Moses is faced in this parashah with the dilemma that faces so many leaders of social change throughout history.  If the people are unwilling or unable to hear the message does one continue to attempt to deliver it?  God answer to this is in the affirmative.  If it were up to Moses, redemption may never have come, or certainly, it would have come at a much later date.  God is clearly the power that makes for redemption in this narrative.  But God is also the power that ultimately gives Moses the power to speak in the face of the deafness of Pharaoh and the people. 

However, God is also the Source of our ability to hear and listen.  Pharaoh's unwillingness to even consider that there could be any power greater than he is what prevents him from being able to hear.  This self-imposed deafness continues until his first born son is dead and the sea has destroyed his army.  However, the Israelites do eventually listen and hear. At least temporarily.

It is said that when we truly communicate with one another, we can see the face (and hear the voice) of God.  God is also the source within us all to truly hear and speak to one another.  God is the power that makes for speech and understanding.  Without the connection to the divine flow that links us one to the other we may speak, but our words have less meaning; we may hear, but our hearing is less attuned.  That is an important message of the parashah and this specific commentary.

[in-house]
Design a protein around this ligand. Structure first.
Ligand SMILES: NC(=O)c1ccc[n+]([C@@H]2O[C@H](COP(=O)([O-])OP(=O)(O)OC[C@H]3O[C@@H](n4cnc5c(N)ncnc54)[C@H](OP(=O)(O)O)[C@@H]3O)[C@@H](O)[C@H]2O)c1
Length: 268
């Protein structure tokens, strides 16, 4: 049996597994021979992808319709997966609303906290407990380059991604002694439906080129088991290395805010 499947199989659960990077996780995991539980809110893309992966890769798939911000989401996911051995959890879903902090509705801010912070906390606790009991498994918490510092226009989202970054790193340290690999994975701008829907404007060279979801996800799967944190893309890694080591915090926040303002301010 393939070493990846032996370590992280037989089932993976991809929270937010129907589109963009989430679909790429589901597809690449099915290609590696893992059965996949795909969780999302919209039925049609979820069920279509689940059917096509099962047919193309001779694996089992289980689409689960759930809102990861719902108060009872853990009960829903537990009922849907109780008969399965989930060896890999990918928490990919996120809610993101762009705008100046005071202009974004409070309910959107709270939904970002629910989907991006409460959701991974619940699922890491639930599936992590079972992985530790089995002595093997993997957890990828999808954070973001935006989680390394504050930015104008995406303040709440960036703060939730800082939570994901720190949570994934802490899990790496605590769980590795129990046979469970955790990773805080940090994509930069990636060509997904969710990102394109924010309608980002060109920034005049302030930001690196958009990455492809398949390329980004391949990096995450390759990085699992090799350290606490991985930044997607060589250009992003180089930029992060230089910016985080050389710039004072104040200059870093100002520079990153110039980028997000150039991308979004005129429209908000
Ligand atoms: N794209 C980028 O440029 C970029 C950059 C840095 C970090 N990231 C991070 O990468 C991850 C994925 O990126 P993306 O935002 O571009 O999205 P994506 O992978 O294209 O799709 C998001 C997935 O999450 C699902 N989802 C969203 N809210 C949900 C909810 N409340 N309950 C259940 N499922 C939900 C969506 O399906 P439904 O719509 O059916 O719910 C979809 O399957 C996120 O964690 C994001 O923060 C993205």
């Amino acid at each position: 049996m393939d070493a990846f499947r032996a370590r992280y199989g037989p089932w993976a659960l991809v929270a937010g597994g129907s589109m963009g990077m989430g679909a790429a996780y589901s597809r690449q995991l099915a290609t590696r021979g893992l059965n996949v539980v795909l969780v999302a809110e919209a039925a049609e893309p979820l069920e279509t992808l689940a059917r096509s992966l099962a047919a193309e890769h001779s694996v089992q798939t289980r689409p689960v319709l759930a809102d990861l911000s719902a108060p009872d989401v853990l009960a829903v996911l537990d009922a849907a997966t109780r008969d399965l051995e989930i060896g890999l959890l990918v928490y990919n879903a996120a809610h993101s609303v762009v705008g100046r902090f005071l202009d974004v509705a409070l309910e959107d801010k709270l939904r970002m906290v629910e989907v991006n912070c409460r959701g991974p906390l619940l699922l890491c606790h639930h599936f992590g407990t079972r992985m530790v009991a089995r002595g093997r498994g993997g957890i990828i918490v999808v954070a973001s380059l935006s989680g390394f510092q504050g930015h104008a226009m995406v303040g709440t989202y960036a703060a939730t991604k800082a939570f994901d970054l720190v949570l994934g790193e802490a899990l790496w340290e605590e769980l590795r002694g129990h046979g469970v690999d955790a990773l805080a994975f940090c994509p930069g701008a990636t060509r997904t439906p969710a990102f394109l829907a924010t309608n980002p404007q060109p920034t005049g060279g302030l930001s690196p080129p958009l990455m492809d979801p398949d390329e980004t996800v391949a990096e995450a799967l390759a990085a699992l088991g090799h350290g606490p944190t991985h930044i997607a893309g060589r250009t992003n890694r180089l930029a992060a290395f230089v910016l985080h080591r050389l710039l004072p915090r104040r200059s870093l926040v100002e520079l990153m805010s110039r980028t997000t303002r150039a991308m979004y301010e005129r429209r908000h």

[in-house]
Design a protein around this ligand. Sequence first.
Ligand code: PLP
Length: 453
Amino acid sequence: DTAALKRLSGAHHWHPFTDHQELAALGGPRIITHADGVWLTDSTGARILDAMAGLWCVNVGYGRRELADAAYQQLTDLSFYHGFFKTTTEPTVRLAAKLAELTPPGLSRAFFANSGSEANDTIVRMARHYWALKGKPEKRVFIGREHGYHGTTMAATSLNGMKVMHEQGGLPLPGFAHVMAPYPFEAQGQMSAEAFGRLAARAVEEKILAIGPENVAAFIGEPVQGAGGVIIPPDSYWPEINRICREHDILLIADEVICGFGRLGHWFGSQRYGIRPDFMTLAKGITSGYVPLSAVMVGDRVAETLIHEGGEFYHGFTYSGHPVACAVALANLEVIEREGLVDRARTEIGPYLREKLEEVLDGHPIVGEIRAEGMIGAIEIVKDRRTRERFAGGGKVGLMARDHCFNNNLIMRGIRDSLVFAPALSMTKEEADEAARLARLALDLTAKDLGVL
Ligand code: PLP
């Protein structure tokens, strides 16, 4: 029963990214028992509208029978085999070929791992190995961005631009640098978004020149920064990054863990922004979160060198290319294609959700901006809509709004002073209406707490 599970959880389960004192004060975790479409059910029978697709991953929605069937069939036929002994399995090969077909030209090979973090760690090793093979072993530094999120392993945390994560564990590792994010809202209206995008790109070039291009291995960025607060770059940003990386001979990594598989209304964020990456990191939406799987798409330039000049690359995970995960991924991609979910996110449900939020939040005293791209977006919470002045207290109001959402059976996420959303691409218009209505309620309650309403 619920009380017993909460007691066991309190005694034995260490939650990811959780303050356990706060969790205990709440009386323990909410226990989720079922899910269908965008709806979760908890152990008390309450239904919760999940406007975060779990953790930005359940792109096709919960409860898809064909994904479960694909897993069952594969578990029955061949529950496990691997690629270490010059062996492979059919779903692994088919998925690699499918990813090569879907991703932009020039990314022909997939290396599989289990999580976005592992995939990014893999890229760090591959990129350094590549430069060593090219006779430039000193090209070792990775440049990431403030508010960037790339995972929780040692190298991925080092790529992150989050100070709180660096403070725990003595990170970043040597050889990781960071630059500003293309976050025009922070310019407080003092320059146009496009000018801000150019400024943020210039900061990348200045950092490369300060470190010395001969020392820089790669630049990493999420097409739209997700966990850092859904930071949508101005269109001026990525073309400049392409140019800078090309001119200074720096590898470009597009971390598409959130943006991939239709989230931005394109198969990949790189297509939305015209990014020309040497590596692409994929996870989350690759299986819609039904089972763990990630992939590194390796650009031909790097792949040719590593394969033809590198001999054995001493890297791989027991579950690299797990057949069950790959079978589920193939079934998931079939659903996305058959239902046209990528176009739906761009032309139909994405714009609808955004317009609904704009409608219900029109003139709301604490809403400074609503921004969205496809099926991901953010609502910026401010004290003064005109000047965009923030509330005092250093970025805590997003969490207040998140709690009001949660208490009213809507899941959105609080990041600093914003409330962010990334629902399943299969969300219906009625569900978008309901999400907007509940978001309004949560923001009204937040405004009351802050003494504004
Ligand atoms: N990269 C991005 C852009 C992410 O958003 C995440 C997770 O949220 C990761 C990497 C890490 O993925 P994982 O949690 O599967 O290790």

Though this certainly has a mystical ring to it, I also believe that it is in keeping with my understanding as a Reconstructionist (albeit one with strong mystical leanings!) of the role of God in the world.  God is the power that connects us to one another.  God is the power that works through us to create the ability to speak and hear clearly, both metaphorically and literally. If we stop and pay attention to all that is within and around us, the Divine is the source or our ability to connect with the universe.

Pharaoh was unable, or unwilling to understand this (who hardened his heart will need to be discussed at another time).  This ultimately brought about his annihilation.  The Israelites were unable to comprehend this reality until after they were released from the bonds of slavery.  Of course, even then they had difficulties and needed constant reminders of God’s presence.  Moses finally understood this after his encounters with God in this week's parashah and even more so after the exodus from Egypt and the revelation at Sinai. 

We each have the ability – and responsibility – to bring Divinity into the world through paying attention, speaking carefully and interacting honestly with others.  The choice is ours.  We can ignore this responsibility, as did Pharaoh, or we can eventually understand and accept.  This can happen through using speech and actions as catalysts for change, as in the case of Moses, or via our ability to listen and to follow, as happened with the Israelites. 

As the kabbalists might say, speech and hearing has been exiled too often in our history.  It is up to us to make certain that they remain firmly put and that they continue to be redeemed and to bring about redemption now and in the future.